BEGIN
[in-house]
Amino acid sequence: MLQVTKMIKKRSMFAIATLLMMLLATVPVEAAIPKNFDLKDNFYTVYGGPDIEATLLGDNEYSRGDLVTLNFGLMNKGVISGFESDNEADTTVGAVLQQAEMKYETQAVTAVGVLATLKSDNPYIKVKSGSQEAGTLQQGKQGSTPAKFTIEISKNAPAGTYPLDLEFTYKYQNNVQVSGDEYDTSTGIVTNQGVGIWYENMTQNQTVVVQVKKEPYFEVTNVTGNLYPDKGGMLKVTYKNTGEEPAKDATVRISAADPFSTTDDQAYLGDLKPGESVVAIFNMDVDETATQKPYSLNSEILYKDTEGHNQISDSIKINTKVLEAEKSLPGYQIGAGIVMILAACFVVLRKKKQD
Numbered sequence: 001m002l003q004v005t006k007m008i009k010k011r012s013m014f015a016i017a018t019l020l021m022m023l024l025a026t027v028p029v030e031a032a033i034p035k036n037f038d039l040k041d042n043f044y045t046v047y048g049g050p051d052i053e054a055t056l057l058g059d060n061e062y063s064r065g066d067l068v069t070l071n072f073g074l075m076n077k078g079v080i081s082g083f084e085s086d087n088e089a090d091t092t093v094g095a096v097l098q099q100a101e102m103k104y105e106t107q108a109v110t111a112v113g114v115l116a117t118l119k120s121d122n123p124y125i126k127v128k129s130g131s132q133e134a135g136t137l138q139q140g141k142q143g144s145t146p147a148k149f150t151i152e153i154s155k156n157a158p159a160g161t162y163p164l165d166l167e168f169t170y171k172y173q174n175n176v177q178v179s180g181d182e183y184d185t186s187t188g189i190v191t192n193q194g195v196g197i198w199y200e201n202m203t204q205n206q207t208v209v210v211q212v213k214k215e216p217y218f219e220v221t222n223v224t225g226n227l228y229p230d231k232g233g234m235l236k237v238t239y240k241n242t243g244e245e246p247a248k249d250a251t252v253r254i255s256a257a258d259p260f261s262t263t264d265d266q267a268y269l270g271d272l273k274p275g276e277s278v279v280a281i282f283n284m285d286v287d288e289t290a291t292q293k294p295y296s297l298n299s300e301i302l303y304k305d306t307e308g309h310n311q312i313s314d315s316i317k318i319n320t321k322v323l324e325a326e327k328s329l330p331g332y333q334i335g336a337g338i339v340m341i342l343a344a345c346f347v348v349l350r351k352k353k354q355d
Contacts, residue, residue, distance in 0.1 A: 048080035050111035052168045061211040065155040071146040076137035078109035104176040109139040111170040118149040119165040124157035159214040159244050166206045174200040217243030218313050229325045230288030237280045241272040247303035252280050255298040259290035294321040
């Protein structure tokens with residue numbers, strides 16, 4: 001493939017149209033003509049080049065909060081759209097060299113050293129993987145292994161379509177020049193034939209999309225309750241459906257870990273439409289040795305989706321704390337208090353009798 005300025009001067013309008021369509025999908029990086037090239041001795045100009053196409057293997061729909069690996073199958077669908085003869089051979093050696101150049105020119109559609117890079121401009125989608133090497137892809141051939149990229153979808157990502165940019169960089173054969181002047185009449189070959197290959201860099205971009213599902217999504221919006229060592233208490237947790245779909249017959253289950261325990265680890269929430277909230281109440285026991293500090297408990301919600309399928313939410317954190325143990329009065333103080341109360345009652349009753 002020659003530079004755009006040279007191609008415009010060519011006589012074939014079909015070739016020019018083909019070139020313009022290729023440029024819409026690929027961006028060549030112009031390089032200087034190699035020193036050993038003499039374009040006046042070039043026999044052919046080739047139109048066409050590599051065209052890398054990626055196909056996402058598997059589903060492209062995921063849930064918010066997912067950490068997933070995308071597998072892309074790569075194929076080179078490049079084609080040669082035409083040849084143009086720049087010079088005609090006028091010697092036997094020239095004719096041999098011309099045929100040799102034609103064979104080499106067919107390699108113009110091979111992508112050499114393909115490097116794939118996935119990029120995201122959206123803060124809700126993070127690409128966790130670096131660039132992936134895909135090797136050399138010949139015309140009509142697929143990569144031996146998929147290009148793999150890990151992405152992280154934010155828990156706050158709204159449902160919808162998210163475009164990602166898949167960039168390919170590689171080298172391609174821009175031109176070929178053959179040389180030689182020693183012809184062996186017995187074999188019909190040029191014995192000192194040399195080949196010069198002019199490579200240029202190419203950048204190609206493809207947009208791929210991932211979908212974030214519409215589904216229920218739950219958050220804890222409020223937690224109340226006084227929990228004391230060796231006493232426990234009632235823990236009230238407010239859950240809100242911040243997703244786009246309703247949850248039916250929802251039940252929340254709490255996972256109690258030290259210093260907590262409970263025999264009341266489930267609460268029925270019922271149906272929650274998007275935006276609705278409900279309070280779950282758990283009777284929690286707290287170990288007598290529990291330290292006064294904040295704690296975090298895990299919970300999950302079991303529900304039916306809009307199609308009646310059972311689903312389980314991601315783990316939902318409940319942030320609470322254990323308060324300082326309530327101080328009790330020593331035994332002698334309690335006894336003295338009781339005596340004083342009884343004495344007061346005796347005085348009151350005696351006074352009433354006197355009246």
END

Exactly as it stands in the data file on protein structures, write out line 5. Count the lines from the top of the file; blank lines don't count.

């Protein structure tokens with residue numbers, strides 16, 4: 001493939017149209033003509049080049065909060081759209097060299113050293129993987145292994161379509177020049193034939209999309225309750241459906257870990273439409289040795305989706321704390337208090353009798 005300025009001067013309008021369509025999908029990086037090239041001795045100009053196409057293997061729909069690996073199958077669908085003869089051979093050696101150049105020119109559609117890079121401009125989608133090497137892809141051939149990229153979808157990502165940019169960089173054969181002047185009449189070959197290959201860099205971009213599902217999504221919006229060592233208490237947790245779909249017959253289950261325990265680890269929430277909230281109440285026991293500090297408990301919600309399928313939410317954190325143990329009065333103080341109360345009652349009753 002020659003530079004755009006040279007191609008415009010060519011006589012074939014079909015070739016020019018083909019070139020313009022290729023440029024819409026690929027961006028060549030112009031390089032200087034190699035020193036050993038003499039374009040006046042070039043026999044052919046080739047139109048066409050590599051065209052890398054990626055196909056996402058598997059589903060492209062995921063849930064918010066997912067950490068997933070995308071597998072892309074790569075194929076080179078490049079084609080040669082035409083040849084143009086720049087010079088005609090006028091010697092036997094020239095004719096041999098011309099045929100040799102034609103064979104080499106067919107390699108113009110091979111992508112050499114393909115490097116794939118996935119990029120995201122959206123803060124809700126993070127690409128966790130670096131660039132992936134895909135090797136050399138010949139015309140009509142697929143990569144031996146998929147290009148793999150890990151992405152992280154934010155828990156706050158709204159449902160919808162998210163475009164990602166898949167960039168390919170590689171080298172391609174821009175031109176070929178053959179040389180030689182020693183012809184062996186017995187074999188019909190040029191014995192000192194040399195080949196010069198002019199490579200240029202190419203950048204190609206493809207947009208791929210991932211979908212974030214519409215589904216229920218739950219958050220804890222409020223937690224109340226006084227929990228004391230060796231006493232426990234009632235823990236009230238407010239859950240809100242911040243997703244786009246309703247949850248039916250929802251039940252929340254709490255996972256109690258030290259210093260907590262409970263025999264009341266489930267609460268029925270019922271149906272929650274998007275935006276609705278409900279309070280779950282758990283009777284929690286707290287170990288007598290529990291330290292006064294904040295704690296975090298895990299919970300999950302079991303529900304039916306809009307199609308009646310059972311689903312389980314991601315783990316939902318409940319942030320609470322254990323308060324300082326309530327101080328009790330020593331035994332002698334309690335006894336003295338009781339005596340004083342009884343004495344007061346005796347005085348009151350005696351006074352009433354006197355009246």